The cesarean delivery (CD) rate has increased substantially over recent decades. It is estimated that almost a third of women have delivered by CD worldwide1,2. Consequently, the number of pregnant women who had a prior CD has also increased each year. A recent study reported that the overall CD rate in China has been increasing from 28.8% in 2008 to 34.9% in 2014; particularly, the CD rates in 17 super cities were between 18.2% and 68.8%, with a median of 48.7% in 20083. Pregnant women face the decision of having an elective repeat cesarean delivery (ERCD) or attempting a vaginal birth after cesarean delivery (VBAC), also called trial of labor after cesarean delivery (TOLAC)4. In October 2015, the universal two-child policy in China started, and healthcare providers have faced the biggest challenges of either a higher CD rate, a higher TOLAC rate, or both.

In an effort to decrease the CD rate with evidence of successful VBAC associated with less maternal and child morbidity and mortality, the National Institutes of Health (NIH), American College of Obstetricians and Gynecologists (ACOG), and Society for Maternal-Fetal Medicine (SMFM) recommended that TOLAC is a reasonable option for most pregnant women with a single prior CD4,5. However, unsuccessful TOLAC with intrapartum CD was associated with worse maternal and child clinical outcomes than those choosing ERCD6,7,8.

Predicting the chance of a successful TOLAC has been a clinically important topic since a successful TOLAC is associated with a decreased risk of future pregnancy complications and a shorter postpartum recovery time with fewer complications. Success rates of TOLAC were approximately between 60 and 90%9,10, and were associated with multiple factors. Any prior vaginal delivery, vaginal delivery after prior cesarean, cervical effacement, cervical dilation and station at admission are positively associated with TOLAC success. Conversely, advanced maternal age, recurring indication for cesarean, increased maternal body mass index (BMI), late estimated gestational age (EGA), preeclampsia and induction of labor are associated with TOLAC failure11. Maternal height and interval time from prior cesarean can also affect the success of TOLAC12,13. Thus, VBAC prediction models would be useful in clinical practice.

Several VBAC prediction models have been studied11,14. Some have been externally validated or supplemented with new variables9,13,15. Among those, Grobman’s model, which was developed based on the Maternal-Fetal Medicine Units (MFMU) Network, has been most commonly utilized and validated in a similar heterogeneous population of the United States, as well as among various geographic and ethnic cohorts including Japanese women; however, this model has not been utilized or validated in the Chinese population, the world’s biggest population9,13,14,16,17,18,19. Grobman’s model considered maternal age, pre-pregnancy BMI, race, prior vaginal delivery, prior VBAC, and indication for prior CD as factors that were obtainable at the first prenatal visit with supplemental variables appearing in late pregnancy or at admission for delivery11.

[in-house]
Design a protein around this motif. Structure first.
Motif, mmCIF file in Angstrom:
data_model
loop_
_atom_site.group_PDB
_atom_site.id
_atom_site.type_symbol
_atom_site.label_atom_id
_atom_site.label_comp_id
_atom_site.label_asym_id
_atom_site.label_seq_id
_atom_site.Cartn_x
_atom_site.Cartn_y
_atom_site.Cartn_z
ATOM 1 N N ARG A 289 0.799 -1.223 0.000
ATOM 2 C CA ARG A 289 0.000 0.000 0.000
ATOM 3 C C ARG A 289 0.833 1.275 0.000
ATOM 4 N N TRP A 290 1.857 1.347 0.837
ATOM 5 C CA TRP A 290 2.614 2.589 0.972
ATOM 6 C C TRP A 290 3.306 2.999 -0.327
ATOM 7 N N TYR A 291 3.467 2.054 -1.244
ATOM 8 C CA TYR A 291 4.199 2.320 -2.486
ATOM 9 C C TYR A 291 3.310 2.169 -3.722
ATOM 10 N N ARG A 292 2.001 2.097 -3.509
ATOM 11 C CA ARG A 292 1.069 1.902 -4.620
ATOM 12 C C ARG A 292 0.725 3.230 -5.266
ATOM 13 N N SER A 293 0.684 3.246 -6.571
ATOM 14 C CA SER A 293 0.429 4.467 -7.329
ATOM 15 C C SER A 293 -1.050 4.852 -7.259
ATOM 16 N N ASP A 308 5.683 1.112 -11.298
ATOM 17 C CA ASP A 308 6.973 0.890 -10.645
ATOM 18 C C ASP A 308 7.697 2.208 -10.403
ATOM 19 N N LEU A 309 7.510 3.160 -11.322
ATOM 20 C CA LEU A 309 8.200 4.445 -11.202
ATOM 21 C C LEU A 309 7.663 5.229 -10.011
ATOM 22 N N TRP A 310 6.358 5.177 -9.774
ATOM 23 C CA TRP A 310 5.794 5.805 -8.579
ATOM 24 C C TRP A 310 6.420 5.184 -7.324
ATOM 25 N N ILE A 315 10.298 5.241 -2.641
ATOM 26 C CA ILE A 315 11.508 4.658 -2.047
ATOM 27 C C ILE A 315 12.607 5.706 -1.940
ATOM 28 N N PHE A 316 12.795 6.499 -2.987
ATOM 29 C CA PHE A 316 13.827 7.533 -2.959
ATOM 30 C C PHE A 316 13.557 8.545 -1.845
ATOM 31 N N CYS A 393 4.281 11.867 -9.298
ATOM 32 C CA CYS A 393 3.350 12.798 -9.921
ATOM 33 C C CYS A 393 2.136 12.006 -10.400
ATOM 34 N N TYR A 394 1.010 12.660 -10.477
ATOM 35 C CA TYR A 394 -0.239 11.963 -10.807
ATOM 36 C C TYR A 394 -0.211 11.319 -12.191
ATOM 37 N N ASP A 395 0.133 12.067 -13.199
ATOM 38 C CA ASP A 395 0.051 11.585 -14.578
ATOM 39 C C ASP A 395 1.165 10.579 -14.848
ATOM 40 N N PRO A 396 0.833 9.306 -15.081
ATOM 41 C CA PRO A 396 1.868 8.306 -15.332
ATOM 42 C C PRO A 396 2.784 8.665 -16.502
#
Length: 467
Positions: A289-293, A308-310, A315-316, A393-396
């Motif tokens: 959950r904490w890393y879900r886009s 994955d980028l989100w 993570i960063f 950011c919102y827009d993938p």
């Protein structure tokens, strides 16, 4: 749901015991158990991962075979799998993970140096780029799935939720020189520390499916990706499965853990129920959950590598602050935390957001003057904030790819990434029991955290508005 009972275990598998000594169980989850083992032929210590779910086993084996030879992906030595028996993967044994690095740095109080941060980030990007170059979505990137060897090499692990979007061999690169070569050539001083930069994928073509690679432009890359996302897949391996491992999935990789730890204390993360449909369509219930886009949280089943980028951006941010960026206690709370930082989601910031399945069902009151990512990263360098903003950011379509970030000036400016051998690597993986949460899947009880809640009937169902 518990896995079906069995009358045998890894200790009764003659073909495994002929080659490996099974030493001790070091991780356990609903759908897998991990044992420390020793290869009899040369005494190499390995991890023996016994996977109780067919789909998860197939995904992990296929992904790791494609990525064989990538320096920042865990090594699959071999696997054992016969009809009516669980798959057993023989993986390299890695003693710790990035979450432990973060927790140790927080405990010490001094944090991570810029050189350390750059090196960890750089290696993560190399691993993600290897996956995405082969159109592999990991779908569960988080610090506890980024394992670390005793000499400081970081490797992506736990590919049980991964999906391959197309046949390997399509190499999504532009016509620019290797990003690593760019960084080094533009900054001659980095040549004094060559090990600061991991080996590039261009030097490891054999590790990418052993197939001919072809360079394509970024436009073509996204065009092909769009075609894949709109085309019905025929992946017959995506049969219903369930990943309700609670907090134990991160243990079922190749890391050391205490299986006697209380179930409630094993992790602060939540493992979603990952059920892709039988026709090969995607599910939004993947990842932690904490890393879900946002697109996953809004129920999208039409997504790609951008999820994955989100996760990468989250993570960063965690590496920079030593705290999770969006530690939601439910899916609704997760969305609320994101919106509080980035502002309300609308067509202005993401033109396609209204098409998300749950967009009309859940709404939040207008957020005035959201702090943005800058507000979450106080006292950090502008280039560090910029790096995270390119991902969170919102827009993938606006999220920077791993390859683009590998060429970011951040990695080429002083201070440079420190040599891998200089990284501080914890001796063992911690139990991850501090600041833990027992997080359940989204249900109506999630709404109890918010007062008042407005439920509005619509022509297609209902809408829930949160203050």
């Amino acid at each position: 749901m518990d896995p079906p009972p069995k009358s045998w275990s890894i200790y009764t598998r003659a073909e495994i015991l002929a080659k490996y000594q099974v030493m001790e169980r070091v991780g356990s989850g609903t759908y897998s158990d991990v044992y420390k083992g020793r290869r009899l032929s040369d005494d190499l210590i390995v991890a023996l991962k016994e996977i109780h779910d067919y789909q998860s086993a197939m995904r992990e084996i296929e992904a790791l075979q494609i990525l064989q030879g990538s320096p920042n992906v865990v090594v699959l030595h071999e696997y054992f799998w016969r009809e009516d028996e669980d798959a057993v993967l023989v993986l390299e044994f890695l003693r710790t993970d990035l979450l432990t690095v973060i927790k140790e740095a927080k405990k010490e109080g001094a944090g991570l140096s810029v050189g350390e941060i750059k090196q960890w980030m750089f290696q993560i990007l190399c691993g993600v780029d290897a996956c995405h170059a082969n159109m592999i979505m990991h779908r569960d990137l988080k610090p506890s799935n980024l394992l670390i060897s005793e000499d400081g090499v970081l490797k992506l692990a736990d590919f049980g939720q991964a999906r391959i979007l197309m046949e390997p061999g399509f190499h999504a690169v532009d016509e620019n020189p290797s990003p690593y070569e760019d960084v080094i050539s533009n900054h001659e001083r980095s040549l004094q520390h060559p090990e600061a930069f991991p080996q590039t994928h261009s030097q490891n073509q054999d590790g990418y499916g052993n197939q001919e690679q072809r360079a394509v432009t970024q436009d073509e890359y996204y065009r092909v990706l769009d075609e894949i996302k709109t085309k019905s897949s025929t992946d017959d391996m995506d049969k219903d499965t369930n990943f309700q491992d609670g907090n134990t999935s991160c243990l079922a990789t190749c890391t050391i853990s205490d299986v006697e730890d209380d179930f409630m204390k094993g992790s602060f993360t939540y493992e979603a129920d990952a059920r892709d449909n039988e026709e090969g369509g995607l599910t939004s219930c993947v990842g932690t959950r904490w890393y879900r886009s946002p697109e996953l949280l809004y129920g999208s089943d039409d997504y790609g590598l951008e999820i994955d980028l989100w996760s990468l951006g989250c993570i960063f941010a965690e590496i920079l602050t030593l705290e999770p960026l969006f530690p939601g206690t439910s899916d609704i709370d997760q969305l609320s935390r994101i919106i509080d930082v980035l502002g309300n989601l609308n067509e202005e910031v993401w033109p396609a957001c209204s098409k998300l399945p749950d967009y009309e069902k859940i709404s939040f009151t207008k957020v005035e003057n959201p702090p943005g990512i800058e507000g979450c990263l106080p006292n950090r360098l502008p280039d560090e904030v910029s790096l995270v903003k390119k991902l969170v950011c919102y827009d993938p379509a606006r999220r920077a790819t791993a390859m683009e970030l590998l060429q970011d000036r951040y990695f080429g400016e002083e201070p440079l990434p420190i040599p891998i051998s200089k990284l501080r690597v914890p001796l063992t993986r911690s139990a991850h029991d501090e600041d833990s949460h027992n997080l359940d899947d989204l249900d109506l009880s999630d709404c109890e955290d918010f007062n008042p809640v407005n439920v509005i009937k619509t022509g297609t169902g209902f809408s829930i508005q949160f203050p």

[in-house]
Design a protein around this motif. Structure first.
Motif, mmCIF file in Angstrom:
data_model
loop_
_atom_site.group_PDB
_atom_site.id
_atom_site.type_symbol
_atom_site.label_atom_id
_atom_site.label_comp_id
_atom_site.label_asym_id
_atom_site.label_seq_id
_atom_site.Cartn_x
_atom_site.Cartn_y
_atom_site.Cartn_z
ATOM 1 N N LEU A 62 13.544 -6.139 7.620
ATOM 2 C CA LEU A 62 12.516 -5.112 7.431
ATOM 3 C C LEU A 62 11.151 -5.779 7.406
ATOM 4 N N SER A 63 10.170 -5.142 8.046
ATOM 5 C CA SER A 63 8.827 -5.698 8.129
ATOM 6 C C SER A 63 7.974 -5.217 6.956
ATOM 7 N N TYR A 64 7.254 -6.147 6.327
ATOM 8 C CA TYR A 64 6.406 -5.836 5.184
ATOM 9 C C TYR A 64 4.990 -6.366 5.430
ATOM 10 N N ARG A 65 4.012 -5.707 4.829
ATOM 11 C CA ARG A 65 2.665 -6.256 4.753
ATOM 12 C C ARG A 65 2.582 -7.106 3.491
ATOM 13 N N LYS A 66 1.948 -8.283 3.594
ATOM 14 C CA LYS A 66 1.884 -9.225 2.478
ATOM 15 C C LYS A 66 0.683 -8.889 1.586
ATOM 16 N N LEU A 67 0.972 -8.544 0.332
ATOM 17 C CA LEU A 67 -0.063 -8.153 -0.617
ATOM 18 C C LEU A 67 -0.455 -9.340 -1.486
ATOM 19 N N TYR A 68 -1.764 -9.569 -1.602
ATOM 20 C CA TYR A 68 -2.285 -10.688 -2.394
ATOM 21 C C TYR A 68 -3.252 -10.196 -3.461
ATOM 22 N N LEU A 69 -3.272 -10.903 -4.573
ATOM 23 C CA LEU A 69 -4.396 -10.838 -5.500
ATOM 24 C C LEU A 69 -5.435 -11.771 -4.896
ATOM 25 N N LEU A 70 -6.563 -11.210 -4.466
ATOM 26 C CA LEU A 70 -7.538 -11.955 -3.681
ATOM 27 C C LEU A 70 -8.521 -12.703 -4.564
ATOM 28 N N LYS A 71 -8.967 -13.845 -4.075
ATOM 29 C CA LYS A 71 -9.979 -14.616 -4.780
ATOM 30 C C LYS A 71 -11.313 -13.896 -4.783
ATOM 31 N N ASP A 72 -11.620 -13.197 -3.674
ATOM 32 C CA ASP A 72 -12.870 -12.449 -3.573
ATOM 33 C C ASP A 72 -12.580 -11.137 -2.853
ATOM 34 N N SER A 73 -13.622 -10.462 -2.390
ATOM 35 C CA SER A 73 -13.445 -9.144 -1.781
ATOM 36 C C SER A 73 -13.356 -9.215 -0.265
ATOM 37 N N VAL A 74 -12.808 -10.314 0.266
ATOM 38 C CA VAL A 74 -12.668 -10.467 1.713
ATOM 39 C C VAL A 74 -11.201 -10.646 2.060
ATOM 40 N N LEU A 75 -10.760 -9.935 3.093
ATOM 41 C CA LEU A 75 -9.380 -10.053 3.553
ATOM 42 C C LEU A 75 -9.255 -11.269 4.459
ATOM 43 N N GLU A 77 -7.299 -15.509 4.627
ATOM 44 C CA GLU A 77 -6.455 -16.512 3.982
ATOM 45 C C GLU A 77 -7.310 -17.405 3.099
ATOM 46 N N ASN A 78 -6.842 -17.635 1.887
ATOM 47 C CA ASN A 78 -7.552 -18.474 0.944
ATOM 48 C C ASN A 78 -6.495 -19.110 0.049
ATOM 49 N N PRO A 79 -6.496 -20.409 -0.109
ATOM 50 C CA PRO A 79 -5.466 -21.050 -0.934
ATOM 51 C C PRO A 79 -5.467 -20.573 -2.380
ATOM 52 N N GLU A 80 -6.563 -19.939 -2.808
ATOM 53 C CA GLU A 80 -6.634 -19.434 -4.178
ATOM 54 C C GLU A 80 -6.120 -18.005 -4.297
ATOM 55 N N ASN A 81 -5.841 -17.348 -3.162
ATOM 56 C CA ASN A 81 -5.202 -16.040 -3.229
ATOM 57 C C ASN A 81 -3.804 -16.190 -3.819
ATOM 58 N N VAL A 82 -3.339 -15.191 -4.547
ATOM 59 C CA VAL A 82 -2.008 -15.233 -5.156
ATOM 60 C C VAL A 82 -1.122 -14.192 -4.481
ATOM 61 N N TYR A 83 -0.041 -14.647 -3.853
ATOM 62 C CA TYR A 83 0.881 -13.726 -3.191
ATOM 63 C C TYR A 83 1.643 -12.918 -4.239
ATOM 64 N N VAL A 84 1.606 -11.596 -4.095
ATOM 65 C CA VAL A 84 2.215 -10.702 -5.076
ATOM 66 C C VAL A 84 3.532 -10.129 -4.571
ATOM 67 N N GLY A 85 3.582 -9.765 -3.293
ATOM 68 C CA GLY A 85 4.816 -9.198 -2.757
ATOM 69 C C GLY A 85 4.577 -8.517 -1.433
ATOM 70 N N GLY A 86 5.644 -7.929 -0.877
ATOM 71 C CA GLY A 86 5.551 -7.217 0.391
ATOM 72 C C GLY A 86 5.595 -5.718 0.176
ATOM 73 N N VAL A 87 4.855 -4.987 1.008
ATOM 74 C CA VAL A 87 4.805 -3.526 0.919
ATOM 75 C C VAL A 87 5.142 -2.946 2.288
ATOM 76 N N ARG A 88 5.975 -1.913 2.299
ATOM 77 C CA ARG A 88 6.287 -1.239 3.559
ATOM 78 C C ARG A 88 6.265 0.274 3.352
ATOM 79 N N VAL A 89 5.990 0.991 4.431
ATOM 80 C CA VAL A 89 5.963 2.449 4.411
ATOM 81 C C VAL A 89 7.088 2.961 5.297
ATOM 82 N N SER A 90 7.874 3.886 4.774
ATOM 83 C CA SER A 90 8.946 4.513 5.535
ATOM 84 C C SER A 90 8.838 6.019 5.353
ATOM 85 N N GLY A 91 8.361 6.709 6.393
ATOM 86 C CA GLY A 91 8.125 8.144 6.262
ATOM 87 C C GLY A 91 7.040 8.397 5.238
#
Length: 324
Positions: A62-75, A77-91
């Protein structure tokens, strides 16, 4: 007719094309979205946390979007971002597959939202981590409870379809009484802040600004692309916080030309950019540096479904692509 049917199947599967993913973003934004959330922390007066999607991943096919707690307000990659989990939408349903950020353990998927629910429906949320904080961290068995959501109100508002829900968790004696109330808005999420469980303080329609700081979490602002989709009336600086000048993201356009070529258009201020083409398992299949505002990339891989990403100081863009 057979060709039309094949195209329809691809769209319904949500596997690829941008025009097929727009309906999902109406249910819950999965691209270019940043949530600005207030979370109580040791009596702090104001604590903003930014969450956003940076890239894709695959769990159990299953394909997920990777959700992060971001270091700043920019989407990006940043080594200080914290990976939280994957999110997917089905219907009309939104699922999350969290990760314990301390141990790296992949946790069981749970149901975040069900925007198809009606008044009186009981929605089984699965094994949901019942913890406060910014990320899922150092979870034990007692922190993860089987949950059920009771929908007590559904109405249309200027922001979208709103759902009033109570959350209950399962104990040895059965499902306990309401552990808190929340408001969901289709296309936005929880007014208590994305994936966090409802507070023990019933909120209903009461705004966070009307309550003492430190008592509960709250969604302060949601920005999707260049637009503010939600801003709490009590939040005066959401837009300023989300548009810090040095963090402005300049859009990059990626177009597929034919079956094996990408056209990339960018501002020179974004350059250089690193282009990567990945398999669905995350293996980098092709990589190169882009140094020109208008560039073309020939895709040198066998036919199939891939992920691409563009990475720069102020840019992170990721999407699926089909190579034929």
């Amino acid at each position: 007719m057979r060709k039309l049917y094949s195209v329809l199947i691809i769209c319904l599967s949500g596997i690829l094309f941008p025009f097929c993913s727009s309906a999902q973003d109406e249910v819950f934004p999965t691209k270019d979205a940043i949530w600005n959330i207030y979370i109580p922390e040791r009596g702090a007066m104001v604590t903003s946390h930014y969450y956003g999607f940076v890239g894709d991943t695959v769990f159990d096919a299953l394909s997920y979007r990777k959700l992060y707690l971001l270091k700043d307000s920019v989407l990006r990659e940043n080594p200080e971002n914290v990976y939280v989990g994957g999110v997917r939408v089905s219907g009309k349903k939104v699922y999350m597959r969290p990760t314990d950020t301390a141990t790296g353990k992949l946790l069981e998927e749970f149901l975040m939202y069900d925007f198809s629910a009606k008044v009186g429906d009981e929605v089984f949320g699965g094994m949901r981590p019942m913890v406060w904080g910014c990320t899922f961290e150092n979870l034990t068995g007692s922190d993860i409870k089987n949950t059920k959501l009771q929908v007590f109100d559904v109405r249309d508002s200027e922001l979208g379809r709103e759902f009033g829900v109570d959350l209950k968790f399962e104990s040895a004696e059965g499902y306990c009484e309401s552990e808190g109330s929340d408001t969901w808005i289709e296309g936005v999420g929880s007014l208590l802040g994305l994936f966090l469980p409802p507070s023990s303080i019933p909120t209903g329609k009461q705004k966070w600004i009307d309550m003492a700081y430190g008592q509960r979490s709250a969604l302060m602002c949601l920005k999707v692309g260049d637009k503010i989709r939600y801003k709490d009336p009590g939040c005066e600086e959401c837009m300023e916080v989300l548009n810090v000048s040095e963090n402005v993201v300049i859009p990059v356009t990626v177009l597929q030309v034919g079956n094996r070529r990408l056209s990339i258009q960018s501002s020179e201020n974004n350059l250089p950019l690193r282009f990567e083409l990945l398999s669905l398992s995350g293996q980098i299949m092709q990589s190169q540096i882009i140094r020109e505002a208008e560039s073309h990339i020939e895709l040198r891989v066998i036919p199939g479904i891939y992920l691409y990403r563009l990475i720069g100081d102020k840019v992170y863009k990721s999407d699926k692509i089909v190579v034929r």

Chinese prenatal care has other unique features compared with a homogeneous population. Similar to racial disparity issues with medically underserved populations, population migrations have occurred from rural areas to cities, and from poor economic development regions to southeast regions, such as Nanjing, resulting from an economic imbalance after Chinese reform in the last several decades. This socioeconomic variety may be less when the population moves within a province, such as Jiangsu province where Nanjing is the capital city. A local prenatal registration system exists, and local citizens in Nanjing are more likely to have prenatal registrations with scheduled prenatal visits, indicating a higher socioeconomic status.

In this study, we aimed to validate the VBAC prediction model in a Chinese cohort and to determine potential modifications to optimize the model for this specific population.


During the study period, 4,860 women had a history of CD, and only 452 women tried VBAC; the rate of TOLAC was 9.3%. Four hundred and forty-four women (98.2%) met the inclusion criteria, and complete data were available for these women. The characteristics for these women are shown in Table 1. A total of 370 women had VBAC and 74 women failed TOLAC, with a success rate of 83.3% (Fig. 1). Compared with the failed TOLAC group, parturients in the successful group were less likely to have recurring indications for cesarean; additionally, these parturients were more likely to be taller, have a lower BMI at the last prenatal visit, have a lower estimated fetal weight, have a younger EGA at delivery, have lower rates of preeclampsia and labor induction, and have more cervical effacement and dilation at admission, and have a lower station at admission (all P < 0.05). The difference in the distribution of indications for the previous CD between the two groups was also significant (P < 0.05). However, there were no significant differences in the distribution of maternal age, maternal residence, any prior vaginal delivery, vaginal delivery after prior cesarean, interval time from prior cesarean, perinatal care registration, or labor analgesia rate between the successful and failed TOLAC groups (all P > 0.05).

Table 1 Characteristics of patients attempting a trial of labor.
Figure 1
figure 1

Flow-chart showing the study groups selection process.

The adjusted ORs for the original Grobman’s model variables that were obtained from the current study after multiple logistic regression analysis are shown in Table 2. The “any prior vaginal delivery” and “cervical effacement at admission” were both positively associated with VBAC (all P < 0.05). The “recurring indication for cesarean”, “BMI at last prenatal visit”, “preeclampsia” and “induction of labor” were all negatively associated with VBAC (all P < 0.05). Moreover, “vaginal delivery after prior cesarean” was positively associated with VBAC with borderline significance (P = 0.059). We added five new background variables (maternal height, estimated fetal weight, interval time from prior cesarean, perinatal care registration and labor analgesia) to the model (Table 2, right column). After stepwise regression analysis, “recurring indication for cesarean”, “any prior vaginal delivery”, “vaginal delivery after prior cesarean”, “BMI at last prenatal visit”, “preeclampsia”, “cervical effacement at admission”, “induction of labor”, “maternal height” and “estimated fetal weight” were entered into the VBAC prediction model. Both “maternal height” and “estimated fetal weight” were considered as two additional predictors for VBAC.